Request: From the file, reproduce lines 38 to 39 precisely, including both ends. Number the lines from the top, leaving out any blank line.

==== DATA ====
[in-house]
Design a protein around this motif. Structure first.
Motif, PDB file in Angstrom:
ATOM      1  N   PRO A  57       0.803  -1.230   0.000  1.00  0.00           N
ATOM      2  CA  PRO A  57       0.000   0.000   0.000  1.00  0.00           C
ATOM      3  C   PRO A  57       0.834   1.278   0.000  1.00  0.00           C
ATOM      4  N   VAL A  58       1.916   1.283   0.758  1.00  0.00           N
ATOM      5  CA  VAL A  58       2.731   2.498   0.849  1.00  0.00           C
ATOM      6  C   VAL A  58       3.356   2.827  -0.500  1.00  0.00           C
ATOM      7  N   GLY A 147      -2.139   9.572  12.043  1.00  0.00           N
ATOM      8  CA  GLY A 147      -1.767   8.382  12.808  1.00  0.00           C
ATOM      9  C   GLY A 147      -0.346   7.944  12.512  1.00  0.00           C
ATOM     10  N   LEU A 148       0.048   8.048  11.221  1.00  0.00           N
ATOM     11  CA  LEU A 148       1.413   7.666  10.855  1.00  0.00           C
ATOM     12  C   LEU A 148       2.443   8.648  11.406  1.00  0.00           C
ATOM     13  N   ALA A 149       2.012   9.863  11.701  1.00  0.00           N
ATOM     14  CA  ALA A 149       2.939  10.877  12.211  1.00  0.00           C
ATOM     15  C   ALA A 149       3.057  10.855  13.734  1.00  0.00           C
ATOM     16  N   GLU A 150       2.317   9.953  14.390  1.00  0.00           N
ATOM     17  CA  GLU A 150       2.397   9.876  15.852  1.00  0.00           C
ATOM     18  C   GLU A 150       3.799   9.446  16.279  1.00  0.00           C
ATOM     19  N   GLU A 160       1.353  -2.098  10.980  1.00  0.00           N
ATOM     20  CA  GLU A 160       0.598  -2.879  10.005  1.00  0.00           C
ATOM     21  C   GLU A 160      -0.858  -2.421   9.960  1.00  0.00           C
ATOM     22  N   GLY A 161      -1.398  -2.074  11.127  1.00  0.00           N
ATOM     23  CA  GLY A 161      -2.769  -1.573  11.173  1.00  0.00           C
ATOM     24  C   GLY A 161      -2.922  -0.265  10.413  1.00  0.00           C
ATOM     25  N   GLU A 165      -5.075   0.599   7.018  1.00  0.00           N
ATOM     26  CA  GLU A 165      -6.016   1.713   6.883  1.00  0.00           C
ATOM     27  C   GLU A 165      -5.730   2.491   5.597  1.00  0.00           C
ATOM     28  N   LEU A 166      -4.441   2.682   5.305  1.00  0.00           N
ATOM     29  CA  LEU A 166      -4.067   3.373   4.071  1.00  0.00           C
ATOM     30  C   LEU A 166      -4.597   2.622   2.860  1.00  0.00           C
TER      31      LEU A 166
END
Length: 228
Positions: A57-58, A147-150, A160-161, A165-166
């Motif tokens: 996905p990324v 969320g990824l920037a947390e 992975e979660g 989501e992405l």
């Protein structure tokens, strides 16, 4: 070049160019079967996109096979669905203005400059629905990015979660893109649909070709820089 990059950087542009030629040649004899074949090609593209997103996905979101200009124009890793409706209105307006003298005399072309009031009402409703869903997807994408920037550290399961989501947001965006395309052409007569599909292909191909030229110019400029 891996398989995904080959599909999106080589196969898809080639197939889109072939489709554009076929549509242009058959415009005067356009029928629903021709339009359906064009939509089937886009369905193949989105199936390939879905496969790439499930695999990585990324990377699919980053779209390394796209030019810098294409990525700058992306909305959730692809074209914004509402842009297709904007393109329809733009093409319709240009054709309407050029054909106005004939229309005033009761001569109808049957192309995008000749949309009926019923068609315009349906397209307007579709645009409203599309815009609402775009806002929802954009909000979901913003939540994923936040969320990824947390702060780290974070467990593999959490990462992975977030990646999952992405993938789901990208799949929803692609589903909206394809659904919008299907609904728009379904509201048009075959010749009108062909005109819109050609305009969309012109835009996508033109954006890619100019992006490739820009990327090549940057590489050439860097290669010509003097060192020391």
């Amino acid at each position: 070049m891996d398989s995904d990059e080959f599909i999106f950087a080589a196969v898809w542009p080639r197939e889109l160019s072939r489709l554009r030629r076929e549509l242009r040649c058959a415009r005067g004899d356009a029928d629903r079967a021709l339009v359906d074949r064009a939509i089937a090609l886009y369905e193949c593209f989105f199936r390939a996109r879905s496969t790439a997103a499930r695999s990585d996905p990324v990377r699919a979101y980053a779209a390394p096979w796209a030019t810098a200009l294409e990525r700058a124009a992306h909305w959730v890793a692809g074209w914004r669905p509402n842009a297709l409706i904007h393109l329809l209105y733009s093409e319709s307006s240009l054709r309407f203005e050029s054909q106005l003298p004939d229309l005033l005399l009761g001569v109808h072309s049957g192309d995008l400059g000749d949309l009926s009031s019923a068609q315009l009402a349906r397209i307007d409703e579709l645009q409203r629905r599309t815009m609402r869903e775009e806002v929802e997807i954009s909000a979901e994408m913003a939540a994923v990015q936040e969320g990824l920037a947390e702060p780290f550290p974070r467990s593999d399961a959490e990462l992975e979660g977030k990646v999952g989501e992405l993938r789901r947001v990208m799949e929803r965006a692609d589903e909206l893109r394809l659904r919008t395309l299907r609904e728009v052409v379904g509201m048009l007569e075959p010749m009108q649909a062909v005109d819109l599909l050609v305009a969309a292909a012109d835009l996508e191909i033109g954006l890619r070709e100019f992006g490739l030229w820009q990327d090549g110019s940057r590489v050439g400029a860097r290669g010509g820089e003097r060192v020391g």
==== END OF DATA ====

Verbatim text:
């Motif tokens: 996905p990324v 969320g990824l920037a947390e 992975e979660g 989501e992405l």
């Protein structure tokens, strides 16, 4: 070049160019079967996109096979669905203005400059629905990015979660893109649909070709820089 990059950087542009030629040649004899074949090609593209997103996905979101200009124009890793409706209105307006003298005399072309009031009402409703869903997807994408920037550290399961989501947001965006395309052409007569599909292909191909030229110019400029 891996398989995904080959599909999106080589196969898809080639197939889109072939489709554009076929549509242009058959415009005067356009029928629903021709339009359906064009939509089937886009369905193949989105199936390939879905496969790439499930695999990585990324990377699919980053779209390394796209030019810098294409990525700058992306909305959730692809074209914004509402842009297709904007393109329809733009093409319709240009054709309407050029054909106005004939229309005033009761001569109808049957192309995008000749949309009926019923068609315009349906397209307007579709645009409203599309815009609402775009806002929802954009909000979901913003939540994923936040969320990824947390702060780290974070467990593999959490990462992975977030990646999952992405993938789901990208799949929803692609589903909206394809659904919008299907609904728009379904509201048009075959010749009108062909005109819109050609305009969309012109835009996508033109954006890619100019992006490739820009990327090549940057590489050439860097290669010509003097060192020391």